With the BGP mode the speakers establish a BGP peering with routers outside of the cluster, and tell those routers how to forward traffic to the service IPs. Using BGP allows for true load balancing across multiple nodes, and fine-grained traffic control thanks to BGP’s policy mechanisms.

Note :

In this demo we will not describe the router configuration. We assume the the router accepts all BGP connections coming from the speakers.

The following architecture is used in this demo:

Just like with the first mode, install MetalLB using the provided manifest:

kubectl apply -f https://raw.githubusercontent.com/google/metallb/v0.7.3/manifests/metallb.yaml

And to configure MetalLB with a ConfigMap:

apiVersion: v1
kind: ConfigMap
metadata:
  namespace: metallb-system
  name: config
data:
  config: |
    peers:
    - my-asn: 64500
      peer-asn: 64500
      peer-address: 192.168.121.10
    address-pools:
    - name: my-ip-space
      protocol: bgp
      addresses:
      - 192.168.143.230-192.168.143.250

In addition to the external IP pool we need to define the AS number that will be used by speakers and the IP address of the remote peers with their AS numbers.

We can see in the router logs that a new peer has been added to the neighbors table.

R1#show ip bgp summary 
BGP router identifier 192.168.143.2, local AS number 64500
BGP table version is 23, main routing table version 23
1 network entries using 144 bytes of memory
1 path entries using 80 bytes of memory
1/1 BGP path/bestpath attribute entries using 136 bytes of memory
0 BGP route-map cache entries using 0 bytes of memory
0 BGP filter-list cache entries using 0 bytes of memory
BGP using 360 total bytes of memory
BGP activity 5/4 prefixes, 13/12 paths, scan interval 60 secs

Neighbor        V          AS    MsgRcvd MsgSent   TblVer InQ OutQ  Up/Down  State/PfxRcd
192.168.121.72  4        64500       2       4       23    0    0   00:00:24        0
192.168.121.170 4        64500       2       5       23    0    0   00:00:24        0
192.168.121.224 4        64500       2       4       23    0    0   00:00:24        0

The next step is to create a service and let MetalLB do its job:

$ kubectl apply -f https://raw.githubusercontent.com/google/metallb/v0.7.3/manifests/tutorial-2.yaml

Just after the creation of the service we can see in the speaker logs that it announces the new external IP address to the router:

{"caller":"main.go:229","event":"serviceAnnounced","ip":"192.168.143.230","msg":"service has IP, announcing","pool":"my-ip-space","protocol":"bgp","service":"default/nginx","ts":"2019-04-25T22:14:52.082805682Z"}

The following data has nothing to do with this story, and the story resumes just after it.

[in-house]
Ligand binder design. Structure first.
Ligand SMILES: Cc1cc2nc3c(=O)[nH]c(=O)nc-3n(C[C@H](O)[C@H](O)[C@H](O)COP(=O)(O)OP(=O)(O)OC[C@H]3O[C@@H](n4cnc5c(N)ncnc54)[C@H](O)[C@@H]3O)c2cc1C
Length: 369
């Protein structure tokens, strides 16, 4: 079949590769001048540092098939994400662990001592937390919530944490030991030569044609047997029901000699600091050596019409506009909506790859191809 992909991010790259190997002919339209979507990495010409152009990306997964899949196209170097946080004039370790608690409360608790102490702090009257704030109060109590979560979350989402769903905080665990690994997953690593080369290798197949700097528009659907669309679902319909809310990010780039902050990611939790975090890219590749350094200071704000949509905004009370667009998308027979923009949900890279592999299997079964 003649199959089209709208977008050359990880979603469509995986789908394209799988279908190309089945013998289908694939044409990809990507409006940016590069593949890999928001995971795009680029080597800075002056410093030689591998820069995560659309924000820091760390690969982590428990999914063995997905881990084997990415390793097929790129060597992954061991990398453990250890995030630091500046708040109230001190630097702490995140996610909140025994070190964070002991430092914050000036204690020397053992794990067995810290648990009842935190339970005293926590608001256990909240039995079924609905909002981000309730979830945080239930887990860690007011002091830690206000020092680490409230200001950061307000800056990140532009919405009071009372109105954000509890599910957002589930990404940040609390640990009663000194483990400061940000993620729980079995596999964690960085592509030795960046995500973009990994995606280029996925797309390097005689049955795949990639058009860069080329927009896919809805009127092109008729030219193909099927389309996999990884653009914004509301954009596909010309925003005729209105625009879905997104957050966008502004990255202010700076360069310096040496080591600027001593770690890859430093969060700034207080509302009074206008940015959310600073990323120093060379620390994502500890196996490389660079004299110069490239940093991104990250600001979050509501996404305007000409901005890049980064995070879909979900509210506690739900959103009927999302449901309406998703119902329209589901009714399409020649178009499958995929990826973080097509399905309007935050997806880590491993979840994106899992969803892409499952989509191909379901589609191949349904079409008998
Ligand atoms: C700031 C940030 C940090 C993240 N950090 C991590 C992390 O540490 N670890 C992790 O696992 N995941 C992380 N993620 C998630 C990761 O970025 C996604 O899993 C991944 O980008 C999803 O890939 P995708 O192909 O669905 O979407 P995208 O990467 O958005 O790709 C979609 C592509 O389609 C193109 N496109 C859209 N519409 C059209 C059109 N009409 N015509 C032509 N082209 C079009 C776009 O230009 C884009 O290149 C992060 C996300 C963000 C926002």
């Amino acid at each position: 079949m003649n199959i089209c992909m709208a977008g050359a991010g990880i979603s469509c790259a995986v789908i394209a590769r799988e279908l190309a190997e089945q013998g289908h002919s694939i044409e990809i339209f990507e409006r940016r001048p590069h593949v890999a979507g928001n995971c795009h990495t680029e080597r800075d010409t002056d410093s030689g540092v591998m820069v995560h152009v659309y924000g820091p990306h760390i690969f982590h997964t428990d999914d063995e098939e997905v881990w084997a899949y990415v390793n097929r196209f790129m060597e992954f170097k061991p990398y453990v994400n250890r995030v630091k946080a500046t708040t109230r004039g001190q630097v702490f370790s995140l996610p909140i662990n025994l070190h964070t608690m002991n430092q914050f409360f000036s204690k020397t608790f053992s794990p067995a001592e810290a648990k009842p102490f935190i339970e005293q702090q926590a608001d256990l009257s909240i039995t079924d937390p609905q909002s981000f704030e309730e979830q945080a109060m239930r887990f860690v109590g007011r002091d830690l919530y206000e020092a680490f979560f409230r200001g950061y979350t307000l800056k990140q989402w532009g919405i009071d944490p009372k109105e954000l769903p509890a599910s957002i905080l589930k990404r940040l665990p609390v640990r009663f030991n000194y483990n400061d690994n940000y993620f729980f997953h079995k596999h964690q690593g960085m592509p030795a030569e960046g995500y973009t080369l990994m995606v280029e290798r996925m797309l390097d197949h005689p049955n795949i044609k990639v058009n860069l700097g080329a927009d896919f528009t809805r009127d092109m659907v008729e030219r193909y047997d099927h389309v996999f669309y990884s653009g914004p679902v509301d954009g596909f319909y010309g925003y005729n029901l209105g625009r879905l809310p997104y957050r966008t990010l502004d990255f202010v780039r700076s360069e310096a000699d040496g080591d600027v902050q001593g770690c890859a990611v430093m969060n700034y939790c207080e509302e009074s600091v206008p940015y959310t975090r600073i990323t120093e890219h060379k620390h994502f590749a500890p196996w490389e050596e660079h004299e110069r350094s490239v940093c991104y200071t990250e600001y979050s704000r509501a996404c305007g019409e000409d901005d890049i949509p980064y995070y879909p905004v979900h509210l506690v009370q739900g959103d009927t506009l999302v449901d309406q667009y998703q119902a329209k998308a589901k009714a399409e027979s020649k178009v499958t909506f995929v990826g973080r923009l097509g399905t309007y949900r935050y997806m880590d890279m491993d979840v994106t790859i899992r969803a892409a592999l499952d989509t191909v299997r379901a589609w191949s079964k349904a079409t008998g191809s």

{"caller":"main.go:231","event":"endUpdate","msg":"end of service update","service":"default/nginx","ts":"2019-04-25T22:14:52.082823764Z"}
{"caller":"main.go:159","event":"startUpdate","msg":"start of service update","service":"default/nginx","ts":"2019-04-25T22:14:49.878731257Z"}
{"caller":"main.go:172","event":"endUpdate","msg":"end of service update","service":"default/nginx","ts":"2019-04-25T22:14:49.878992728Z"}
{"caller":"main.go:159","event":"startUpdate","msg":"start of service update","service":"default/nginx","ts":"2019-04-25T22:14:49.885773857Z"}
{"caller":"bgp_controller.go:201","event":"updatedAdvertisements","ip":"192.168.143.230","msg":"making advertisements using BGP","numAds":1,"pool":"my-ip-space","protocol":"bgp","service":"default/nginx","ts":"2019-04-25T22:14:49.886003805Z"}

On the router we can see that a new network (external IP address) was added with three paths. Each path is linked to one of the nodes:

R1#show ip route bgp   
Codes: L - local, C - connected, S - static, R - RIP, M - mobile, B - BGP
       D - EIGRP, EX - EIGRP external, O - OSPF, IA - OSPF inter area 
       N1 - OSPF NSSA external type 1, N2 - OSPF NSSA external type 2
       E1 - OSPF external type 1, E2 - OSPF external type 2
       i - IS-IS, su - IS-IS summary, L1 - IS-IS level-1, L2 - IS-IS level-2
       ia - IS-IS inter area, * - candidate default, U - per-user static route
       o - ODR, P - periodic downloaded static route, H - NHRP, l - LISP
       + - replicated route, % - next hop override

Gateway of last resort is not set

      192.168.143.0/32 is subnetted, 1 subnets
B        192.168.143.230 [200/0] via 192.168.121.224, 00:00:15
                         [200/0] via 192.168.121.170, 00:00:15
                         [200/0] via 192.168.121.72, 00:00:15

Using BGP as a load-balancing mechanism allows you to use standard router hardware. However, it comes with downsides as well. You can find out more about this limitations and how to mitigate them here.

Conclusion

MetalLB allows to create Kubernetes Loadbalancer services without the need to deploy your cluster on a cloud platform. MetalLb has two modes of operation: a simple but limited L2 mode which doesn’t need any external hardware or configuration, and a BGP mode which is more robust and production ready, but requires more setup actions on the network side.